Elliptical or Step Machine

    Elliptical machines and step machines are ideal for those with back or joint pain as they place minimal stress on the spine. You can also adjust the intensity of your workout to your individual ability, and increase the intensity as your back and core get stronger.

    However, you must keep proper posture when using these machines to avoid putting too much pressure on your back. If you’re unsure about your posture and form when exercising, ask a physical therapist or personal trainer for advice.

    Exercises to Avoid

    Not all exercises are good for the lower back. Some increase your risk of muscle or joint damage, especially if you do not practice proper form. Before beginning a new exercise program, be sure to familiarize yourself with the exercises and stretches you should avoid if you have a bad back.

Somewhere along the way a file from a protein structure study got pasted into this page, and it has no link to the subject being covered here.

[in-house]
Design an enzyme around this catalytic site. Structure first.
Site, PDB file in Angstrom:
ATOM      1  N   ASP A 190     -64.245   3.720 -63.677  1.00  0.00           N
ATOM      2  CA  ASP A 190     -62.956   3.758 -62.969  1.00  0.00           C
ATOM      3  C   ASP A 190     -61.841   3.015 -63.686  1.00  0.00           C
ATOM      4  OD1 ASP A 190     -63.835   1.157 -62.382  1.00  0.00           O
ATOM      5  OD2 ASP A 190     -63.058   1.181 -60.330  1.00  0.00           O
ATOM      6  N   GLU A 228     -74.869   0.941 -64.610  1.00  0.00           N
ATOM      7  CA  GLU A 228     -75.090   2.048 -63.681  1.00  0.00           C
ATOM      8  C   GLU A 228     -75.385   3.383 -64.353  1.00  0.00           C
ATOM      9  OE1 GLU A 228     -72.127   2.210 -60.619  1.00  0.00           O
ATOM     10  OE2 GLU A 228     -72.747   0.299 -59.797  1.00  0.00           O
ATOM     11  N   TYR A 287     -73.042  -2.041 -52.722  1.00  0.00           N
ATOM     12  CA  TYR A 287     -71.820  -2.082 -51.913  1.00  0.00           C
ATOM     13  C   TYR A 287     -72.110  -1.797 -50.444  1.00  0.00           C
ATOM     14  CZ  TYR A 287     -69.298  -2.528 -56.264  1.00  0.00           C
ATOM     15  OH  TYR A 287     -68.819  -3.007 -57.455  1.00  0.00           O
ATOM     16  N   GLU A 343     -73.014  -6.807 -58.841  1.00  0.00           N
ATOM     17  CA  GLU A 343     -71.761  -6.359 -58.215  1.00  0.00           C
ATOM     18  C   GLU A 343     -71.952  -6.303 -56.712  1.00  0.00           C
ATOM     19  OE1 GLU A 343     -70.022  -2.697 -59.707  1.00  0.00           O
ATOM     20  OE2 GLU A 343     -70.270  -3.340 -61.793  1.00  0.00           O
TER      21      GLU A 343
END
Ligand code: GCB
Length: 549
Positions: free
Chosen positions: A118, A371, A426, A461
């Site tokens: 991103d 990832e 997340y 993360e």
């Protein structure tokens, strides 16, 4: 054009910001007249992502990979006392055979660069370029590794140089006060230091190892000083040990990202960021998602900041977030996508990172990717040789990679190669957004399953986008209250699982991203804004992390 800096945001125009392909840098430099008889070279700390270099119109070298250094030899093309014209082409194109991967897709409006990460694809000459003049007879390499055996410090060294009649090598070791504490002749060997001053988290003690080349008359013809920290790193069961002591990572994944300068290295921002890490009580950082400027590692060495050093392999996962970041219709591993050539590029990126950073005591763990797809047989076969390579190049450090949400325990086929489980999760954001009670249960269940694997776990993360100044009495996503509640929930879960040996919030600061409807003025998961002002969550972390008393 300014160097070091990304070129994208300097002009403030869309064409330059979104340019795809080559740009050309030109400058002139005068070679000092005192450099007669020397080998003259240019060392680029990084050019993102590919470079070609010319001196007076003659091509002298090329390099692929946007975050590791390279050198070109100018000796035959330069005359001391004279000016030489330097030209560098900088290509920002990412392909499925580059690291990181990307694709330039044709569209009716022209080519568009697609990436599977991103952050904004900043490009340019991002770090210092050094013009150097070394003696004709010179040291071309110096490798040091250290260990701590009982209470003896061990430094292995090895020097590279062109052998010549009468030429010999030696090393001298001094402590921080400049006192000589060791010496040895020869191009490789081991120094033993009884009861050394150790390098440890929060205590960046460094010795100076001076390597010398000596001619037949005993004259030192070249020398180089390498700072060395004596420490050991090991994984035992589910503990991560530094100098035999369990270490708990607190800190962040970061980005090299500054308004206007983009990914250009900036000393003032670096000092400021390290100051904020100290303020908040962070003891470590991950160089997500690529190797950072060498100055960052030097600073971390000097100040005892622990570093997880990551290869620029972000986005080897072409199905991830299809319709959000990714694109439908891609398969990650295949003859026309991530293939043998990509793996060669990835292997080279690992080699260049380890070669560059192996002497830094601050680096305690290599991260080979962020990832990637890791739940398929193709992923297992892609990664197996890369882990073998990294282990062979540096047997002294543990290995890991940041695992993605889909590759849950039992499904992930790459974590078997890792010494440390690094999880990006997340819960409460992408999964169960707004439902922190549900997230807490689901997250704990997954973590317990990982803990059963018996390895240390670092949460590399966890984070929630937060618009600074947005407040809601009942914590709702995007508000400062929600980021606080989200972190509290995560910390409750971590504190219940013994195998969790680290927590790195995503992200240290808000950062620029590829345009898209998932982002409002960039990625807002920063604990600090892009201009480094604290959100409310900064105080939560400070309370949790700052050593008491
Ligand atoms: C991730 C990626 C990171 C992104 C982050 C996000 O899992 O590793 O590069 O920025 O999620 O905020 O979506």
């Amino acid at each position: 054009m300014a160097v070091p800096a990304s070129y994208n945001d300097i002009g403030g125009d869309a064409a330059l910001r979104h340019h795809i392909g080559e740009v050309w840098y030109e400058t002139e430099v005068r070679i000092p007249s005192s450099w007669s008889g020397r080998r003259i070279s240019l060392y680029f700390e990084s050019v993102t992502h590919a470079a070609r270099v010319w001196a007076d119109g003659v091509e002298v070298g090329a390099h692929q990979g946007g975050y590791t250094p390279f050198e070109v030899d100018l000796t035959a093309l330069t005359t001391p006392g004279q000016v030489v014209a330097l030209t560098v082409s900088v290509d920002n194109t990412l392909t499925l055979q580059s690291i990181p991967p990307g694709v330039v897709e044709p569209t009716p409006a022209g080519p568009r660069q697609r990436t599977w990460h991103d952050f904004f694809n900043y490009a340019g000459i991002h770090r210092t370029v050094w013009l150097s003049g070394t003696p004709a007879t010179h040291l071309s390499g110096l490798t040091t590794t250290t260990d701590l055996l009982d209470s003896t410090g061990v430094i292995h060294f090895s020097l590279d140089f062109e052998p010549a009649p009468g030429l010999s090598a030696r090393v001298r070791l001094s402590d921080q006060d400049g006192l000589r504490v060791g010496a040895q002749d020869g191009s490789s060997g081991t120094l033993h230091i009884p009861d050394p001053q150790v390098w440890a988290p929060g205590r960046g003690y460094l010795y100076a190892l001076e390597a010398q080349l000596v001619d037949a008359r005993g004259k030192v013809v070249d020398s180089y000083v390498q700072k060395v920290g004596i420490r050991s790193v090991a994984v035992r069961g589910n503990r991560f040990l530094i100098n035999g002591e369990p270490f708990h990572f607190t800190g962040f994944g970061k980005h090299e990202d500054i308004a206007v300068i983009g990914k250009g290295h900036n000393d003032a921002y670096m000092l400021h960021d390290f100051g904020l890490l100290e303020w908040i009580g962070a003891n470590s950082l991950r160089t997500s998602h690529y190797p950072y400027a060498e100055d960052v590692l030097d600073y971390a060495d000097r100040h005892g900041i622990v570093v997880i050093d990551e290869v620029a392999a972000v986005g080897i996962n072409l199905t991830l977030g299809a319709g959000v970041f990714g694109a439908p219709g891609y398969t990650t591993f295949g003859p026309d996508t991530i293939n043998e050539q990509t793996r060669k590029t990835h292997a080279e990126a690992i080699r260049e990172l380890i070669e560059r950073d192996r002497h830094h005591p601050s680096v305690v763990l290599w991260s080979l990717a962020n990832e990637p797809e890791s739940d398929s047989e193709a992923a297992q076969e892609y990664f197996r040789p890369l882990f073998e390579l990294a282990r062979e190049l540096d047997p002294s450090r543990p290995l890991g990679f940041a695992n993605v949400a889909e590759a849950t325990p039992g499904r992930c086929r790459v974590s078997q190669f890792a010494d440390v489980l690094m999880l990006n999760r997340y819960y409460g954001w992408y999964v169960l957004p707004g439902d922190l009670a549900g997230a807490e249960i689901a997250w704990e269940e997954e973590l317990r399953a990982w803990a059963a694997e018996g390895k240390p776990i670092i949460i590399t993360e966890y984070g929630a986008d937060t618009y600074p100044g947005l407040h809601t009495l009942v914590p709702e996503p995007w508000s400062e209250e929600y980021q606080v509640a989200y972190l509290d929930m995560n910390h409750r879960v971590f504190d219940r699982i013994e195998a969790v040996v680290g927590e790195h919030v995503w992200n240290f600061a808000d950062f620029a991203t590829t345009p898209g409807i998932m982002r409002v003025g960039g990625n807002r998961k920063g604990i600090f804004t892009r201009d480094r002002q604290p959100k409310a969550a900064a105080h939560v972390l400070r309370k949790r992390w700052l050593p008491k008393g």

Other Exercising Tips for Lower Back Pain

    • Schedule in a few days each week where you avoid strengthening exercises, as rest days allow the body to build muscle.
    • Before getting started perform stretches for lower back pain that loosen your hamstrings, core, and glutes.
    • Know your limits, and stop exercising if you experience sharp pain.
    • Modify exercises to your abilities.
    • Always warm up before exercise with some gentle stretches or use of a heating pad to loosen stiff muscles.
    • Get the all clear from your doctor before beginning a new exercise program.
    • Seek assistance from a personal trainer or physical therapist where necessary.
    • If your back pain gets worse while exercising, take a break from exercise and see a doctor.